In the following article on Nuclear Hazards the signalling words and phrases are missing. Replace them and check your answers.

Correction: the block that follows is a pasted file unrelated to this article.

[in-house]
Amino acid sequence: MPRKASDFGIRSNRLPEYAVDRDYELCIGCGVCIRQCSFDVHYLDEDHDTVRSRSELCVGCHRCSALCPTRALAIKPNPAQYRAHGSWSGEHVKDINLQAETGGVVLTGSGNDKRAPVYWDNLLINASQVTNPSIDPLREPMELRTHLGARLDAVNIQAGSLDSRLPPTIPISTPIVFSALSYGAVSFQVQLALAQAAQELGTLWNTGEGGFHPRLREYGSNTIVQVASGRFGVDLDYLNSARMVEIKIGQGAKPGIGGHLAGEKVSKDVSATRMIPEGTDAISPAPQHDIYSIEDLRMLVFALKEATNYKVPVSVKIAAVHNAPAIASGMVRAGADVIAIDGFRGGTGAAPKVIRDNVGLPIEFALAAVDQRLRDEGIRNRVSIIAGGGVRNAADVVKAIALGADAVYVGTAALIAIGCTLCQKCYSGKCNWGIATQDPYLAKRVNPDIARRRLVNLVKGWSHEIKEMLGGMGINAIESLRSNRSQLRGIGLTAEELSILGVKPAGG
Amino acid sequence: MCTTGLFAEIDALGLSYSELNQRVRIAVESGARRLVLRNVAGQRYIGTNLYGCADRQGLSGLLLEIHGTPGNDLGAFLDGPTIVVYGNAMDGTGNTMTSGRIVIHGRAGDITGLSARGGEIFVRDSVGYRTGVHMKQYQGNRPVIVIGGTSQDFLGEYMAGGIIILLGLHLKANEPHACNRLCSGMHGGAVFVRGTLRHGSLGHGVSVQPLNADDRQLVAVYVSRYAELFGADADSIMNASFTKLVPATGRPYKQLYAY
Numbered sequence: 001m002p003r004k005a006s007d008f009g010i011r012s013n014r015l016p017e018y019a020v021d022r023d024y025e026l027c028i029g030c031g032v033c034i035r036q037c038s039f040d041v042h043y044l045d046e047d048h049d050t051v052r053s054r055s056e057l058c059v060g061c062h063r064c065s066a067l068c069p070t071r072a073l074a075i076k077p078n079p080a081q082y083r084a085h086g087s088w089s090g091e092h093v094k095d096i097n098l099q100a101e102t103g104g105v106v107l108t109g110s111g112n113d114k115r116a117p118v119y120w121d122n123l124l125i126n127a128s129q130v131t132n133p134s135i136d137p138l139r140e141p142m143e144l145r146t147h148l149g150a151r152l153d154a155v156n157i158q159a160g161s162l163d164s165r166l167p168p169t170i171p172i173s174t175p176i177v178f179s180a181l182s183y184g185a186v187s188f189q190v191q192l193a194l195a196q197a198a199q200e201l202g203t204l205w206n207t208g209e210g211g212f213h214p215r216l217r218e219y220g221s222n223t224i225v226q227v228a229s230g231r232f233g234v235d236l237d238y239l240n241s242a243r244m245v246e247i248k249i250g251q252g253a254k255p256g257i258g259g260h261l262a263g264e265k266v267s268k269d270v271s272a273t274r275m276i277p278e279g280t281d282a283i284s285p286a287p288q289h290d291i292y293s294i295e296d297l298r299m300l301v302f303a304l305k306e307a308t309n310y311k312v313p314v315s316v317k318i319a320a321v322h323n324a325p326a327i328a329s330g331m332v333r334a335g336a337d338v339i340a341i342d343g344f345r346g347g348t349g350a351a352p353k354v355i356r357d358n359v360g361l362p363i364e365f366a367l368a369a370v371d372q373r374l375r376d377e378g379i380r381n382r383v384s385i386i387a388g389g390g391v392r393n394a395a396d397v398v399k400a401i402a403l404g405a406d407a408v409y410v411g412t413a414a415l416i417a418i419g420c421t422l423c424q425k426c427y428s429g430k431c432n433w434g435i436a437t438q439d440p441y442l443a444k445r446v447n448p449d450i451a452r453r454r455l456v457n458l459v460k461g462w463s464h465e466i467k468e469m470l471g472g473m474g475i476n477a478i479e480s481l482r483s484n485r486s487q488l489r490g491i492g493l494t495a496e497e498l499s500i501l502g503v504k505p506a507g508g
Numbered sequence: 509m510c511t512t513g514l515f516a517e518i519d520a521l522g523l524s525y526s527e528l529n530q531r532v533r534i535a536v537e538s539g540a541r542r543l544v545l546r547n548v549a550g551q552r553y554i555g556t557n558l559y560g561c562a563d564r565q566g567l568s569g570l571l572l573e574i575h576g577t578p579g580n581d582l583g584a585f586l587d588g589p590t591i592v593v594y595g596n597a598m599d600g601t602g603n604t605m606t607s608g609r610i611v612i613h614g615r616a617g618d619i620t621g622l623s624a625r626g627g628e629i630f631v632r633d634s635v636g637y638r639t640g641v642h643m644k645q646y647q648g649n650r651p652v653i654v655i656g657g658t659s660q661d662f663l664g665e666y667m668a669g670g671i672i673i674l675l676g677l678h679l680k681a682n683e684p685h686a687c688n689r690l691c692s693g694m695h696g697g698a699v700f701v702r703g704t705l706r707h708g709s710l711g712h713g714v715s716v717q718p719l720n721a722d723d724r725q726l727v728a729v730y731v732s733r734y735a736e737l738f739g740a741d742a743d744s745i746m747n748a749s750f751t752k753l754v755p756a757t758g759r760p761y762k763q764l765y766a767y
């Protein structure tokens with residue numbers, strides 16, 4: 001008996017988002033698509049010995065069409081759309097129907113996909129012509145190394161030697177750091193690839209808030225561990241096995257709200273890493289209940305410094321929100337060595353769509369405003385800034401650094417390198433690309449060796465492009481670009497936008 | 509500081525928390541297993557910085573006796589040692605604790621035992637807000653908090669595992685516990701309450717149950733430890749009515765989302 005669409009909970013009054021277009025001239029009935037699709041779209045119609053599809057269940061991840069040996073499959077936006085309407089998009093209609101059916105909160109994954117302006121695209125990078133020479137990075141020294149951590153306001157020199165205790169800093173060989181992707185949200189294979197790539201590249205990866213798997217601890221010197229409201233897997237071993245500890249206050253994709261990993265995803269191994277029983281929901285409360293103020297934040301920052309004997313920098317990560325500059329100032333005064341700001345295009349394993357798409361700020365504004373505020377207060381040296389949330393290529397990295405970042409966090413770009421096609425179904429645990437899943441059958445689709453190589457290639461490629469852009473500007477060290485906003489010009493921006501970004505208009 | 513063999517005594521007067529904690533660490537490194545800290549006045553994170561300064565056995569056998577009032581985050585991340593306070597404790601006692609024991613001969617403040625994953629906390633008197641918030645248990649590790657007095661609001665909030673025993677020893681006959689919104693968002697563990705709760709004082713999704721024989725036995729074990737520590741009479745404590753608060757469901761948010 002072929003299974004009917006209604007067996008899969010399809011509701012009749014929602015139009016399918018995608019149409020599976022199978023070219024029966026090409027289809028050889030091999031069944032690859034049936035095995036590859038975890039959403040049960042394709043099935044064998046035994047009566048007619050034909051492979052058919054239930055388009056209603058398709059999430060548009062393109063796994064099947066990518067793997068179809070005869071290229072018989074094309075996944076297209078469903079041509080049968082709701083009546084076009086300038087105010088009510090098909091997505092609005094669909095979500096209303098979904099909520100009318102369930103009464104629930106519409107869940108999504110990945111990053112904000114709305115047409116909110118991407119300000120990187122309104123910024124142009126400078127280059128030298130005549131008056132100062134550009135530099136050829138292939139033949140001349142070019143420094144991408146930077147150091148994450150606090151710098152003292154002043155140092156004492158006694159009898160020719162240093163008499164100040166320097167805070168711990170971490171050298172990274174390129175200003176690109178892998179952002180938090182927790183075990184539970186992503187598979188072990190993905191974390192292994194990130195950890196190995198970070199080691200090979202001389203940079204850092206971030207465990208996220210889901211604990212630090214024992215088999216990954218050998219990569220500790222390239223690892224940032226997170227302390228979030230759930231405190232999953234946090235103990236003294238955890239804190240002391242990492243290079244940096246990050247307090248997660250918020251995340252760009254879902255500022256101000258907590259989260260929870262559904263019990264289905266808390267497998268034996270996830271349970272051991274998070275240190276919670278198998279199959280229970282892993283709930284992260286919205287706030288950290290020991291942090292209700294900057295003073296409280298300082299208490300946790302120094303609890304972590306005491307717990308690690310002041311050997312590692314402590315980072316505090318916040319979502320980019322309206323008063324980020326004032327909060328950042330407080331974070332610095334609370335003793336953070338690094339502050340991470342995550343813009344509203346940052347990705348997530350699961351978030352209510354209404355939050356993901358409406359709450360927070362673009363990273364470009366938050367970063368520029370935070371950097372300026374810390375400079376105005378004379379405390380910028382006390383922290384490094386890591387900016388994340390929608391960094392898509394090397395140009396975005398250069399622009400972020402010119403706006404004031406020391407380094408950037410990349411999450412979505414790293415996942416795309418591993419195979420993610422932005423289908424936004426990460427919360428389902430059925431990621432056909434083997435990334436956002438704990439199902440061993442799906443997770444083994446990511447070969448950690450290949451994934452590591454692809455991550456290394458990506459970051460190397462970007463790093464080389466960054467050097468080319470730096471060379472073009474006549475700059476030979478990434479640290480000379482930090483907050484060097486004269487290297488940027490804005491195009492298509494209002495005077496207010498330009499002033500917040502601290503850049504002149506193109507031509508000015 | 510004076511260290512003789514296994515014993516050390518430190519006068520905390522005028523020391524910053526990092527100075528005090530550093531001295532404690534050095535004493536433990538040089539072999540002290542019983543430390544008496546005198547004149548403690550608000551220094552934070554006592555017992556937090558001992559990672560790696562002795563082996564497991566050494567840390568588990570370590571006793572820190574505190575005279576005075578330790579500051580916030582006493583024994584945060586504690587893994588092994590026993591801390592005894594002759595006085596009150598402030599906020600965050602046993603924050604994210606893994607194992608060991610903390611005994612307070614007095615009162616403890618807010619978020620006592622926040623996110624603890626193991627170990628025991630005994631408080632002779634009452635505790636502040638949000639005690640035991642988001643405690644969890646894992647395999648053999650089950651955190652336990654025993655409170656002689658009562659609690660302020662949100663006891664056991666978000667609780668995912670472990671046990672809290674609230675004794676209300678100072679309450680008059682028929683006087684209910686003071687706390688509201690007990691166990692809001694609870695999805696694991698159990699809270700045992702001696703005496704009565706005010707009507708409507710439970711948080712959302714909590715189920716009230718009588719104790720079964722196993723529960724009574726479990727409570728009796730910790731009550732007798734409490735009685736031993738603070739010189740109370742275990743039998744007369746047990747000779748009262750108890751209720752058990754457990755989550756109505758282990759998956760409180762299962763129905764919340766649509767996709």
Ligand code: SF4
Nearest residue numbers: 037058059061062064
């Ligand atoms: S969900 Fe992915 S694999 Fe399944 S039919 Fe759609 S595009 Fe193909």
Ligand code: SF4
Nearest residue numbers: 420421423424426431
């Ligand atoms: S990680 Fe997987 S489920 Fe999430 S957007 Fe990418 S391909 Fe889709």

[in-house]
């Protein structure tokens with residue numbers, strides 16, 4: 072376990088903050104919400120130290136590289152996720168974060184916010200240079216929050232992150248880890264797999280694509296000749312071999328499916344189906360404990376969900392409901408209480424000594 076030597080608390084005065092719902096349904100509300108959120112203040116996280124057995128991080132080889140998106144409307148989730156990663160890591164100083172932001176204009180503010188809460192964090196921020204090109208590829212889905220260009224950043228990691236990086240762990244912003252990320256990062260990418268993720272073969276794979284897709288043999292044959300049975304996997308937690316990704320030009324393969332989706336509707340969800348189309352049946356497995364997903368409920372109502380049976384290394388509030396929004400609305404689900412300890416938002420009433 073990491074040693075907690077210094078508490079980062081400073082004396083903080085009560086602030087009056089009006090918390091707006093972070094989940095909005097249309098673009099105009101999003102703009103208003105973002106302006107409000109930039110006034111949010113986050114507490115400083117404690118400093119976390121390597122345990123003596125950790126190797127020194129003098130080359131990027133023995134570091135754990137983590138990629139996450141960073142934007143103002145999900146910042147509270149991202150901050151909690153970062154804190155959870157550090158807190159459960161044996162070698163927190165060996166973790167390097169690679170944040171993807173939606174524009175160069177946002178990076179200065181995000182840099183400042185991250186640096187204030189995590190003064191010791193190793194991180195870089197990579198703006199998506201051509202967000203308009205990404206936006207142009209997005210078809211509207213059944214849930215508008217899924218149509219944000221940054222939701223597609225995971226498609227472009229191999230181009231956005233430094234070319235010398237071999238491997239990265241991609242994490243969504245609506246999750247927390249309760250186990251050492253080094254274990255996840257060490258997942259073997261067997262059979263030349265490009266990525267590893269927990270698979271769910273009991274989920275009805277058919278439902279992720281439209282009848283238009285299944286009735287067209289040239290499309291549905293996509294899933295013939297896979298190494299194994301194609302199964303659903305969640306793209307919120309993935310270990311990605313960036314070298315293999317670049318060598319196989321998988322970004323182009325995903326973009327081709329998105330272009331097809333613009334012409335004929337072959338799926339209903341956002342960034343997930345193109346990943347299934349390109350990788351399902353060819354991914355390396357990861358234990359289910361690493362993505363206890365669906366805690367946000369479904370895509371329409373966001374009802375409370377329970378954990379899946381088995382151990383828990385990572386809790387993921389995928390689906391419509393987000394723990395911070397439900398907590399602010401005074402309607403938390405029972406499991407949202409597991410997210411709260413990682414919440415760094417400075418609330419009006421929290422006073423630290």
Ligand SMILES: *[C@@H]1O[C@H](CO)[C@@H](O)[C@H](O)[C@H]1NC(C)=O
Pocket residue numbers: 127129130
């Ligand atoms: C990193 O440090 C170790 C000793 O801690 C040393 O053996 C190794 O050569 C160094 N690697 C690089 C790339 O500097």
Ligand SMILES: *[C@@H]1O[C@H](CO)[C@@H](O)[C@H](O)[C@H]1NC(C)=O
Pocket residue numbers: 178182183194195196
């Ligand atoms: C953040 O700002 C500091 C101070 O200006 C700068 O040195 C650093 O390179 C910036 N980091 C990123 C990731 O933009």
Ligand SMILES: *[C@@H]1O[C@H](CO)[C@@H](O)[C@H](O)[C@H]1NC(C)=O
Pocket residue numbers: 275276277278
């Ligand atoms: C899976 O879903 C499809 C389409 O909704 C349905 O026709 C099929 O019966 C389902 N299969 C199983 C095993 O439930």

There are three separate sources of hazard related to the use of nuclear reactions to supply us with energy. __________, the radioactive material must travel from its place of manufacture to the power station. __________ the power stations themselves are solidly built, the containers used for the transport of the material are not. __________, there are normally only two methods of transport available, __________ road or rail, and both of these involve close contact with the general public, __________ the routes are bound to pass near, or even through, heavily populated areas. __________, there is the problem of waste. All nuclear power stations produce wastes which in most cases will remain radioactive for thousands of years. It is impossible to de-activate these wastes, and __________ they must be stored in one of the ingenious but cumbersome ways that scientists have invented. __________ they may be buried under the ground, dropped into disused mineshafts, or sunk in the sea. __________ these methods do not solve the problem; they merely store it, __________ an earthquake could crack open the containers like nuts. __________ there is the problem of accidental exposure due to a leak or an explosion at the power station. As with the other two hazards, this is extremely unlikely and __________ does not provide a serious objection to the nuclear programme, __________ it can happen, as the inhabitants of Harrisburg will tell you. Separately, and during short periods, these three types of risk are no great cause for concern. Taken together, __________, and especially over much longer periods, the probability of a disaster is extremely high.
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